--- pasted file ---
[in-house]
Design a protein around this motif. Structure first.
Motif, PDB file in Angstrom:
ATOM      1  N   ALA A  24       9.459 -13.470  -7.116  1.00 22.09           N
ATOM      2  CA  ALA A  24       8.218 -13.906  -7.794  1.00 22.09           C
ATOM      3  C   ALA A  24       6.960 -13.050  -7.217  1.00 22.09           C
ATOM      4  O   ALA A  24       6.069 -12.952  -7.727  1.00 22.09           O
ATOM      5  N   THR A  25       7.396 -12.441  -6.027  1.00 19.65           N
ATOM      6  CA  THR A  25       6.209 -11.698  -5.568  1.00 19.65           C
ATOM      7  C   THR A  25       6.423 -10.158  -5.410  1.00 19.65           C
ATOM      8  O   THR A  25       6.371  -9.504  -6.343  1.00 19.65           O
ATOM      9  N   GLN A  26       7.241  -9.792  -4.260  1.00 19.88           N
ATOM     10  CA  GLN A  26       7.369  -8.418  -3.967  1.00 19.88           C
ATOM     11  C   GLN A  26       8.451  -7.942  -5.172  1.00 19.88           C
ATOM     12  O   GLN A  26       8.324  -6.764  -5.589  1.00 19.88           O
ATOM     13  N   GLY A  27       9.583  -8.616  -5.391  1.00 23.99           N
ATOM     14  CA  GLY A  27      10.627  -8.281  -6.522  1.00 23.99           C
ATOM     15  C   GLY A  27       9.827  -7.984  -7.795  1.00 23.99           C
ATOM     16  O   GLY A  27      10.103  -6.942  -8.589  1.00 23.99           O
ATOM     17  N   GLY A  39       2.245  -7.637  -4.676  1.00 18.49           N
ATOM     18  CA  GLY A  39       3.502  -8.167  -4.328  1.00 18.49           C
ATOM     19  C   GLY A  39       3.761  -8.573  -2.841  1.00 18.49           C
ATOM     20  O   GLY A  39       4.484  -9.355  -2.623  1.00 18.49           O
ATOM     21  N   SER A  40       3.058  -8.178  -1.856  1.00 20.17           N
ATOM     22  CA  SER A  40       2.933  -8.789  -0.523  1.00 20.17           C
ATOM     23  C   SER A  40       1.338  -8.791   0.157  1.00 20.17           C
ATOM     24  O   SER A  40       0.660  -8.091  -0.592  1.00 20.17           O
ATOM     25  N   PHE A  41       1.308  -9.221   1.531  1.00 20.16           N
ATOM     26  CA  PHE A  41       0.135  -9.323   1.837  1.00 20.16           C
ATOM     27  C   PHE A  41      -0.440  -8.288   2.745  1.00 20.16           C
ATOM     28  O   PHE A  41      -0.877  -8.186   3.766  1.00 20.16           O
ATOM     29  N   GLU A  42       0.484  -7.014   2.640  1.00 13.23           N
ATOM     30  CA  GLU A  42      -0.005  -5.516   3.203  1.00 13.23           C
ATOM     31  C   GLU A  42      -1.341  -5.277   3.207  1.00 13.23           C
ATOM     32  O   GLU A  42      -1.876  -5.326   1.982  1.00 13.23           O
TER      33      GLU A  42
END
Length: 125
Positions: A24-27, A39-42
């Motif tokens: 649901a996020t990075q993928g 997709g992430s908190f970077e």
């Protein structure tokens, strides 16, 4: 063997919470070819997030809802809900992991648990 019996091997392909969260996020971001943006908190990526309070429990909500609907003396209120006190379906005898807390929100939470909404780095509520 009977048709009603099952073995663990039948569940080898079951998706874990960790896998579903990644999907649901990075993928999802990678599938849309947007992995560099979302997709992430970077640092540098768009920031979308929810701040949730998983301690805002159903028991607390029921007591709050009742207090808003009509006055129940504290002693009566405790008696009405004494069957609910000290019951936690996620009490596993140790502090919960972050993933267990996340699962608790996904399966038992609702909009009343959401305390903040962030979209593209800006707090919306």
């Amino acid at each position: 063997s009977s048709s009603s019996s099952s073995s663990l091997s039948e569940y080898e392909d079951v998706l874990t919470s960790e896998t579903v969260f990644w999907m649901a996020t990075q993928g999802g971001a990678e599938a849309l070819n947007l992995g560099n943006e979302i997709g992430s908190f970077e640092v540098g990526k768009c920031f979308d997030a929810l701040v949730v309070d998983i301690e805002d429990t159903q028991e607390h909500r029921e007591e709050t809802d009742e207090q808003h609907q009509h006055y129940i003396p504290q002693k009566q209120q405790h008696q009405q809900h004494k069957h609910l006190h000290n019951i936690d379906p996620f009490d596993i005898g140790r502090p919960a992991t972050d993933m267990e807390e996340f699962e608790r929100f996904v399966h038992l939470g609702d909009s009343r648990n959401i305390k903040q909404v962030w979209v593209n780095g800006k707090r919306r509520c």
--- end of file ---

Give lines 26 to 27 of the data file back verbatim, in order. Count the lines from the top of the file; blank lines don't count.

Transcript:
ATOM     23  C   SER A  40       1.338  -8.791   0.157  1.00 20.17           C
ATOM     24  O   SER A  40       0.660  -8.091  -0.592  1.00 20.17           O